LOS ANGELES -- A new system implemented by the Los Angeles Unified School District (LAUSD) for sharing required information with the California Student Aid Commission resulted in 2,000 more college-bound LAUSD students receiving Cal Grants in 2012 than previous years. These funds, a gift from the state, help needy students pay for college in California.
According to Cynthia Lim, Executive Director of the LAUSD Office of Data and Accountability, the District participated in a pilot program aimed at implementing a more efficient method of providing a student’s grade point average for financial aid applications to the state. “We provided the state with a file containing each student’s name, GPA, and school,” she said.
Under the previous system, students were responsible for calculating and providing their GPA to the state. Schools also had to collect Social Security numbers from students to complete the application. According to Stephen Williams, college counselor at Eagle Rock High School, not all of them finished the task.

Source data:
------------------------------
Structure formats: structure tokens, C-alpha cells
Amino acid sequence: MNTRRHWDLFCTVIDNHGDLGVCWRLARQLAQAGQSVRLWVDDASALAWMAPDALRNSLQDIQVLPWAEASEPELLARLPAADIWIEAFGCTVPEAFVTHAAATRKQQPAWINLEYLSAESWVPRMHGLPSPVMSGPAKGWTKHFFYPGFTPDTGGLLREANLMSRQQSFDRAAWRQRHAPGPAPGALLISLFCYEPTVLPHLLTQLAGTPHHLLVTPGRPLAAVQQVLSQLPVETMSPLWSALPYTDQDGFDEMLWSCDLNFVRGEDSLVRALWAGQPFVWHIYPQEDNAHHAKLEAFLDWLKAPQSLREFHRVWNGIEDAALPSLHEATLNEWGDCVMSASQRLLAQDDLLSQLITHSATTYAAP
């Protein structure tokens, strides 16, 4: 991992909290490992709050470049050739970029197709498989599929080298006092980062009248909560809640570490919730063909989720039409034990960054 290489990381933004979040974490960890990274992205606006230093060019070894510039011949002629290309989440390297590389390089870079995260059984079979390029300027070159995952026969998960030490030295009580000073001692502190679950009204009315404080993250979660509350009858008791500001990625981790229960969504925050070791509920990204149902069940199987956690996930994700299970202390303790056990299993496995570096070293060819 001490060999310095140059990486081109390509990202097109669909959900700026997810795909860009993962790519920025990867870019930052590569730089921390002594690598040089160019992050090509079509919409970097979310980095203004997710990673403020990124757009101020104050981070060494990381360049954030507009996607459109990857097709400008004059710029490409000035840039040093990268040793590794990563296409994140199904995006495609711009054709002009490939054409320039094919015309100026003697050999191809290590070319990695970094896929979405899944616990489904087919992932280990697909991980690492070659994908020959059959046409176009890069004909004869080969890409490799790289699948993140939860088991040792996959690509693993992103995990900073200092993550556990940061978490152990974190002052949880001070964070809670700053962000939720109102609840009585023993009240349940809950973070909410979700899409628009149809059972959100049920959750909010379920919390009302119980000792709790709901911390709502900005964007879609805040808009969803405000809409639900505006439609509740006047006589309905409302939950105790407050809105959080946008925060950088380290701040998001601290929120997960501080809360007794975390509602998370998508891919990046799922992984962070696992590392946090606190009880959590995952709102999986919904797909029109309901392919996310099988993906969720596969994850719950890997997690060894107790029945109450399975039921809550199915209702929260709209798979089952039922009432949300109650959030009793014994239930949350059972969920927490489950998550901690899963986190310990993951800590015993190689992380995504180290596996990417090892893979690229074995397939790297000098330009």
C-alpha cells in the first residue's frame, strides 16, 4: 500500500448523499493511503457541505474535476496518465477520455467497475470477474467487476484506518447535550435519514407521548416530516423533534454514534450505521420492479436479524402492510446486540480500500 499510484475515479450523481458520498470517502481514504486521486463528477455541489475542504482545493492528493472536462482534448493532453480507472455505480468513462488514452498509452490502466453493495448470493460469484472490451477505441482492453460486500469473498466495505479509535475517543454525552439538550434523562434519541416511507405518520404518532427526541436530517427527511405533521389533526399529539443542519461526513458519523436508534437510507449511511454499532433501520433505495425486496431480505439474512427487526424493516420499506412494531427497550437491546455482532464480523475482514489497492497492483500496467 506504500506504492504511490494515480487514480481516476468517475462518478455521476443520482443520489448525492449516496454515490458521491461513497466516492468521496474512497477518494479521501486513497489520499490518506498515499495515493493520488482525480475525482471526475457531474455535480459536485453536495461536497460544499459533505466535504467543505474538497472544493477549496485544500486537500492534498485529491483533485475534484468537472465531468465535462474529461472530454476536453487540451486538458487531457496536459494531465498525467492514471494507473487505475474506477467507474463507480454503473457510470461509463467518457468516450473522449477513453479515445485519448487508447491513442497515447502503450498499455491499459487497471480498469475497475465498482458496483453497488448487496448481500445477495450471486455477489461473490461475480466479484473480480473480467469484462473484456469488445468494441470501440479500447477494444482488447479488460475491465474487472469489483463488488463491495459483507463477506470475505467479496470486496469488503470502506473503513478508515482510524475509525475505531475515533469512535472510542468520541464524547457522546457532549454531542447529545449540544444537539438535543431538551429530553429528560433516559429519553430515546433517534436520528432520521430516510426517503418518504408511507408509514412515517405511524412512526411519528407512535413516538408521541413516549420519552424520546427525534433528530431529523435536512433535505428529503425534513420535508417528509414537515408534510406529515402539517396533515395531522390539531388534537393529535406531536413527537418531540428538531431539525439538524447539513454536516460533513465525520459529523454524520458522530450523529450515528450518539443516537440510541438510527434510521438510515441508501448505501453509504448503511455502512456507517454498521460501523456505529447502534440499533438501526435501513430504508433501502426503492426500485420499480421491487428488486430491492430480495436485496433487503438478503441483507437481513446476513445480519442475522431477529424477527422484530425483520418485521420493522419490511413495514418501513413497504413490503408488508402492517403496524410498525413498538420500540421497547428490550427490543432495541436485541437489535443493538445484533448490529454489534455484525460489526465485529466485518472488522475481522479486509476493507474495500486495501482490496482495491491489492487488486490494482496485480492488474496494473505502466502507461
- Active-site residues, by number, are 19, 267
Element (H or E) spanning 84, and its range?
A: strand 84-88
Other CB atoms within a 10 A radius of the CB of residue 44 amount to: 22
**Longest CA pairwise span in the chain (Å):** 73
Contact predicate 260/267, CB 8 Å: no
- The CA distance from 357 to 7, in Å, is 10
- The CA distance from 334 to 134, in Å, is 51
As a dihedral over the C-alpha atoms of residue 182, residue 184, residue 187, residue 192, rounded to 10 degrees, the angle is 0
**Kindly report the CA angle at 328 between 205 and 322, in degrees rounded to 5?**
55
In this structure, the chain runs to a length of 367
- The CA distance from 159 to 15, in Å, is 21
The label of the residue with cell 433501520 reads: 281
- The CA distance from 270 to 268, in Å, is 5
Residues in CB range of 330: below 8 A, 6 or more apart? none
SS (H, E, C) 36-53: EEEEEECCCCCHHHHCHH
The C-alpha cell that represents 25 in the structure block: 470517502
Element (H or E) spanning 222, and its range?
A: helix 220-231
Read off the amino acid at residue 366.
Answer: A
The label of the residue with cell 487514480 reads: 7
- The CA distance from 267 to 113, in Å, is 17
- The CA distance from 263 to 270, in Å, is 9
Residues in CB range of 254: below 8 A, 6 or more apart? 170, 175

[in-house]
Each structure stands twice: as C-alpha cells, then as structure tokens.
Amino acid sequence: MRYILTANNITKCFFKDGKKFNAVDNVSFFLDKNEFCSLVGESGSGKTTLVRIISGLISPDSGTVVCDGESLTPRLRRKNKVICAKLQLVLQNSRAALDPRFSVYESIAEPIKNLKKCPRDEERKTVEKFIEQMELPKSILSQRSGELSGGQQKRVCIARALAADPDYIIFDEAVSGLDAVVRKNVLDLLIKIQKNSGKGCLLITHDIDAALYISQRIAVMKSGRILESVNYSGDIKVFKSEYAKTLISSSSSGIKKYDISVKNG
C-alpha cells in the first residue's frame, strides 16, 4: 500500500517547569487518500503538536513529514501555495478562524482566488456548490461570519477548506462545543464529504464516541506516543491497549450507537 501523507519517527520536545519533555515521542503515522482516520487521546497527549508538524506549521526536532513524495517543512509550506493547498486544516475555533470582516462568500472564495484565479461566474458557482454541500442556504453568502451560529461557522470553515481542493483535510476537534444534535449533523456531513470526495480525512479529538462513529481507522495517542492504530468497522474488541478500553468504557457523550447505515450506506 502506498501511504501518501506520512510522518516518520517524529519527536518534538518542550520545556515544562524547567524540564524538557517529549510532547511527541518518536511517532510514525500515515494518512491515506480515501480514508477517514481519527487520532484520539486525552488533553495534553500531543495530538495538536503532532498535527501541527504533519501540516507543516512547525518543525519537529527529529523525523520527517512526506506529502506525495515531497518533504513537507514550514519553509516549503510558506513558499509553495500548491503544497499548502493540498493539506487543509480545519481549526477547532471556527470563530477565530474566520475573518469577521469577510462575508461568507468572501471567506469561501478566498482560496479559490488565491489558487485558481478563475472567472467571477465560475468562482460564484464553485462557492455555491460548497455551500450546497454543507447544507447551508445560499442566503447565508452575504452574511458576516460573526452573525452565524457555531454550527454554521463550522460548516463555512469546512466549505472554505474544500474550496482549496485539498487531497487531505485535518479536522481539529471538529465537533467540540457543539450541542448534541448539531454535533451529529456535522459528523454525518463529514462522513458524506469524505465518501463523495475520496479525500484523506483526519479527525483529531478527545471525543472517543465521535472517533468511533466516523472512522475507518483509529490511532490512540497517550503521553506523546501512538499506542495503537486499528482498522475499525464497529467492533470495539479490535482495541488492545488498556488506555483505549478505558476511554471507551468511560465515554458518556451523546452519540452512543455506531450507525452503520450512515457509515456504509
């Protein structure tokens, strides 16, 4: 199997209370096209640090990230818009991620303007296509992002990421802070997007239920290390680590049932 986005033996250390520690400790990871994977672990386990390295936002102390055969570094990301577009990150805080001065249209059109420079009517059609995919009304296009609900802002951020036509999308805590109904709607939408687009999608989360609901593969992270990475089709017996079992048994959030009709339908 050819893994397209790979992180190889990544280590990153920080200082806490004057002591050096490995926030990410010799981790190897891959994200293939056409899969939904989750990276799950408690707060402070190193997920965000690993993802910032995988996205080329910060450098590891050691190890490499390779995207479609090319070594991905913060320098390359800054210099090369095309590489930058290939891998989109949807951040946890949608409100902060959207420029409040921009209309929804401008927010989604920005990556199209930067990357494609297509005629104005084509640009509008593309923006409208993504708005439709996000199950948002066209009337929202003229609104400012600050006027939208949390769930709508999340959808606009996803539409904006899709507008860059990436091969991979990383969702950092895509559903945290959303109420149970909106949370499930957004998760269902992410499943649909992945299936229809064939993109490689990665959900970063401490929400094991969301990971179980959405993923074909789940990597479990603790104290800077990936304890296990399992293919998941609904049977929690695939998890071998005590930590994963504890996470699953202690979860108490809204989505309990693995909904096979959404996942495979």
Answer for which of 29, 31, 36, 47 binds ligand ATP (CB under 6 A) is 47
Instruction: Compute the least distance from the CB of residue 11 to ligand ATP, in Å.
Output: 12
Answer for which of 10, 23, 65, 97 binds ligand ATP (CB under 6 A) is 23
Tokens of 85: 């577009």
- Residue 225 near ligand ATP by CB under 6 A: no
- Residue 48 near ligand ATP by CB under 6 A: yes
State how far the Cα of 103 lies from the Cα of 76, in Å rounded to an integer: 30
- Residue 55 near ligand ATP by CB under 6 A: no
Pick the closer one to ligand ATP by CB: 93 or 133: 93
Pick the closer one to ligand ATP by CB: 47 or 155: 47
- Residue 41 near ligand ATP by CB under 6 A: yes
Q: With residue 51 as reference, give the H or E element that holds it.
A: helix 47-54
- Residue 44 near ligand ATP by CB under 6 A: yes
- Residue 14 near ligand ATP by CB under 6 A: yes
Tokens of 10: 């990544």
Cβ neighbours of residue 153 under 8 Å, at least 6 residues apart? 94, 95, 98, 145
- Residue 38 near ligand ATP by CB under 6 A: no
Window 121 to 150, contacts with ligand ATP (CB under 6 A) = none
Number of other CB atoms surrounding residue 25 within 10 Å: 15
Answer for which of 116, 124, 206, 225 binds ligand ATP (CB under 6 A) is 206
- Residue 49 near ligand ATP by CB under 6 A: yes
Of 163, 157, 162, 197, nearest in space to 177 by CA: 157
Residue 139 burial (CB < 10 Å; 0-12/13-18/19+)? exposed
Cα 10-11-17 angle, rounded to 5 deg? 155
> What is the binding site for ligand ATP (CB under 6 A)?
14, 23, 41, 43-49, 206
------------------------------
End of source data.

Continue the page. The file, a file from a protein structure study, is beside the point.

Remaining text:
“Many students either did not have their Social Security number memorized and had to get it from their parents, or could not be bothered to fill out the form,” said Williams. “We missed many students, but now, things are different.”
Lim said that last year the District uploaded information for all 30,000 graduating seniors, which also reduced the burden on counselors, who were required to track the paperwork filled out by students.
“Campus counselors now have more time to spend on things other than collect Social Security numbers, such as counsel students,” said Bryan Dickason, manager, Program Administration and Services Division for the California Student Aid Commission.